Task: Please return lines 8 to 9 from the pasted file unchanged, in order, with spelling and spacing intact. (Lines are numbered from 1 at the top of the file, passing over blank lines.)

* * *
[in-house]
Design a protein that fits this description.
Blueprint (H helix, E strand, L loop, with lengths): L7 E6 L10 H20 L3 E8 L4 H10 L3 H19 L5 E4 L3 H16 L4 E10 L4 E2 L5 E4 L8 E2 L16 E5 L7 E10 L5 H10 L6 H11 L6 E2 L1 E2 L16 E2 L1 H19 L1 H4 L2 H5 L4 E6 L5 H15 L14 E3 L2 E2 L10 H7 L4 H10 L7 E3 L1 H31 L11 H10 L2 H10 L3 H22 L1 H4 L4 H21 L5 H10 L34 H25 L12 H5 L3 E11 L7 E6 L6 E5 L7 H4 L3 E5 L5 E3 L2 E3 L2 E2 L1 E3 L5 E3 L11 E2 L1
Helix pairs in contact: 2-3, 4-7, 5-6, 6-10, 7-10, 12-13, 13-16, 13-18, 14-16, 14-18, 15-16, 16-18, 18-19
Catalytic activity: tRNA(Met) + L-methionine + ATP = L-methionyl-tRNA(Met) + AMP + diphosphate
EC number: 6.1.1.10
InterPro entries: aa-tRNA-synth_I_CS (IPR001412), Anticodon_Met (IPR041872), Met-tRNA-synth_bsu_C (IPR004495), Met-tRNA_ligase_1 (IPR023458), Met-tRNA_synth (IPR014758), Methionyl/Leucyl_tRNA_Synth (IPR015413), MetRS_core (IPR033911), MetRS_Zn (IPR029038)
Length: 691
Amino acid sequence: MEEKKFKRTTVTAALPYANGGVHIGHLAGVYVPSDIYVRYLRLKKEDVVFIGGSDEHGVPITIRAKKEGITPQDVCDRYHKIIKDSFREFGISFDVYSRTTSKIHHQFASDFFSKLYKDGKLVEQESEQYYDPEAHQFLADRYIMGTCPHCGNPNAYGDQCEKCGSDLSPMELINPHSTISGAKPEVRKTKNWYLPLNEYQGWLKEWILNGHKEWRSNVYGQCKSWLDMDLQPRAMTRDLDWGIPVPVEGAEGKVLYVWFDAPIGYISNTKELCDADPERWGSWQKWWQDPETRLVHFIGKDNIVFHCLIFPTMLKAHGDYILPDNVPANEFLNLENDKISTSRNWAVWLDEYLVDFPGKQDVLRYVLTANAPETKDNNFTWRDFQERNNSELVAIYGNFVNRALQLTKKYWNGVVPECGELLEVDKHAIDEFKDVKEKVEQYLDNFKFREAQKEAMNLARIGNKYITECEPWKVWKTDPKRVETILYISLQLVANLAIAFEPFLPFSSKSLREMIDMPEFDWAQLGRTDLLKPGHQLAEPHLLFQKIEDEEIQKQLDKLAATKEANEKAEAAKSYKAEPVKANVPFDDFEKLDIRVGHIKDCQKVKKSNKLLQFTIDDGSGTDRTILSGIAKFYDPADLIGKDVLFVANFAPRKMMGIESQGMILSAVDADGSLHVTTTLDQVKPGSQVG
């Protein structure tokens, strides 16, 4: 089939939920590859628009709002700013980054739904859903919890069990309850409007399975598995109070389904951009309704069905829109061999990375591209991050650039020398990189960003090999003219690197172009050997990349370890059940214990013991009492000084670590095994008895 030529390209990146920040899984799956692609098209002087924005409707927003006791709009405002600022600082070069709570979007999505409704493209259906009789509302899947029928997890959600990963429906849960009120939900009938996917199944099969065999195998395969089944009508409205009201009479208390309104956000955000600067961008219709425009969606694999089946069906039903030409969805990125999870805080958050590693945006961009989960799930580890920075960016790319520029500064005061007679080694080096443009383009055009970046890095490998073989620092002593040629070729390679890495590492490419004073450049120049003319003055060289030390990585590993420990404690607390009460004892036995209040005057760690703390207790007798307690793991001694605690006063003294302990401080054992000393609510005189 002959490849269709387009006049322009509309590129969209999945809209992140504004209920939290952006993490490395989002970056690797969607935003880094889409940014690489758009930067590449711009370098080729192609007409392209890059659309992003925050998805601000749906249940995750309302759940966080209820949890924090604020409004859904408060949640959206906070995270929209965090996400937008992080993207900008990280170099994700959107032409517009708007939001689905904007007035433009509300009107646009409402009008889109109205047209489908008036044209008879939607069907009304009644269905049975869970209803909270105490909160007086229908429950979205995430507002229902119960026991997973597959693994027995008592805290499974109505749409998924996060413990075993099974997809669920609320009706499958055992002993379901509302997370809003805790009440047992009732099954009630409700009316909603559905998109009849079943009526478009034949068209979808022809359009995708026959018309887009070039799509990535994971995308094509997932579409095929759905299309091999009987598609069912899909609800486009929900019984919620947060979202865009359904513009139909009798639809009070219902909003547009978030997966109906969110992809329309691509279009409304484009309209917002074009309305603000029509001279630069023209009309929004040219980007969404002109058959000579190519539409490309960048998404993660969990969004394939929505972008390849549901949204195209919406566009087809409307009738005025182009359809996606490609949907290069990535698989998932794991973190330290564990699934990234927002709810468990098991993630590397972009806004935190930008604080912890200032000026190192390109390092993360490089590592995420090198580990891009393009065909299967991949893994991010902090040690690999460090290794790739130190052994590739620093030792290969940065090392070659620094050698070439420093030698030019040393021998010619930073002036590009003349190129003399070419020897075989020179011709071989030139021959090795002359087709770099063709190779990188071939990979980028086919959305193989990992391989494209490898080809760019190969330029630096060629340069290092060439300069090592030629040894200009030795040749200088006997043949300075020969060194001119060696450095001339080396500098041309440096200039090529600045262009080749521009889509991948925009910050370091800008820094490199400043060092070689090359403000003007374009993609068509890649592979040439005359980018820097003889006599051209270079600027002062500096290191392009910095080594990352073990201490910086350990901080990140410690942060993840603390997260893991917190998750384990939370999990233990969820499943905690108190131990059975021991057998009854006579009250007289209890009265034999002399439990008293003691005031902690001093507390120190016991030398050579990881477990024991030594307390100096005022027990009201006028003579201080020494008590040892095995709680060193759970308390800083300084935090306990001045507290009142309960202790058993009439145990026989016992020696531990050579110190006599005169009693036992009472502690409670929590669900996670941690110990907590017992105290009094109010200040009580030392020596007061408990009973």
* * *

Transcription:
Length: 691
Amino acid sequence: MEEKKFKRTTVTAALPYANGGVHIGHLAGVYVPSDIYVRYLRLKKEDVVFIGGSDEHGVPITIRAKKEGITPQDVCDRYHKIIKDSFREFGISFDVYSRTTSKIHHQFASDFFSKLYKDGKLVEQESEQYYDPEAHQFLADRYIMGTCPHCGNPNAYGDQCEKCGSDLSPMELINPHSTISGAKPEVRKTKNWYLPLNEYQGWLKEWILNGHKEWRSNVYGQCKSWLDMDLQPRAMTRDLDWGIPVPVEGAEGKVLYVWFDAPIGYISNTKELCDADPERWGSWQKWWQDPETRLVHFIGKDNIVFHCLIFPTMLKAHGDYILPDNVPANEFLNLENDKISTSRNWAVWLDEYLVDFPGKQDVLRYVLTANAPETKDNNFTWRDFQERNNSELVAIYGNFVNRALQLTKKYWNGVVPECGELLEVDKHAIDEFKDVKEKVEQYLDNFKFREAQKEAMNLARIGNKYITECEPWKVWKTDPKRVETILYISLQLVANLAIAFEPFLPFSSKSLREMIDMPEFDWAQLGRTDLLKPGHQLAEPHLLFQKIEDEEIQKQLDKLAATKEANEKAEAAKSYKAEPVKANVPFDDFEKLDIRVGHIKDCQKVKKSNKLLQFTIDDGSGTDRTILSGIAKFYDPADLIGKDVLFVANFAPRKMMGIESQGMILSAVDADGSLHVTTTLDQVKPGSQVG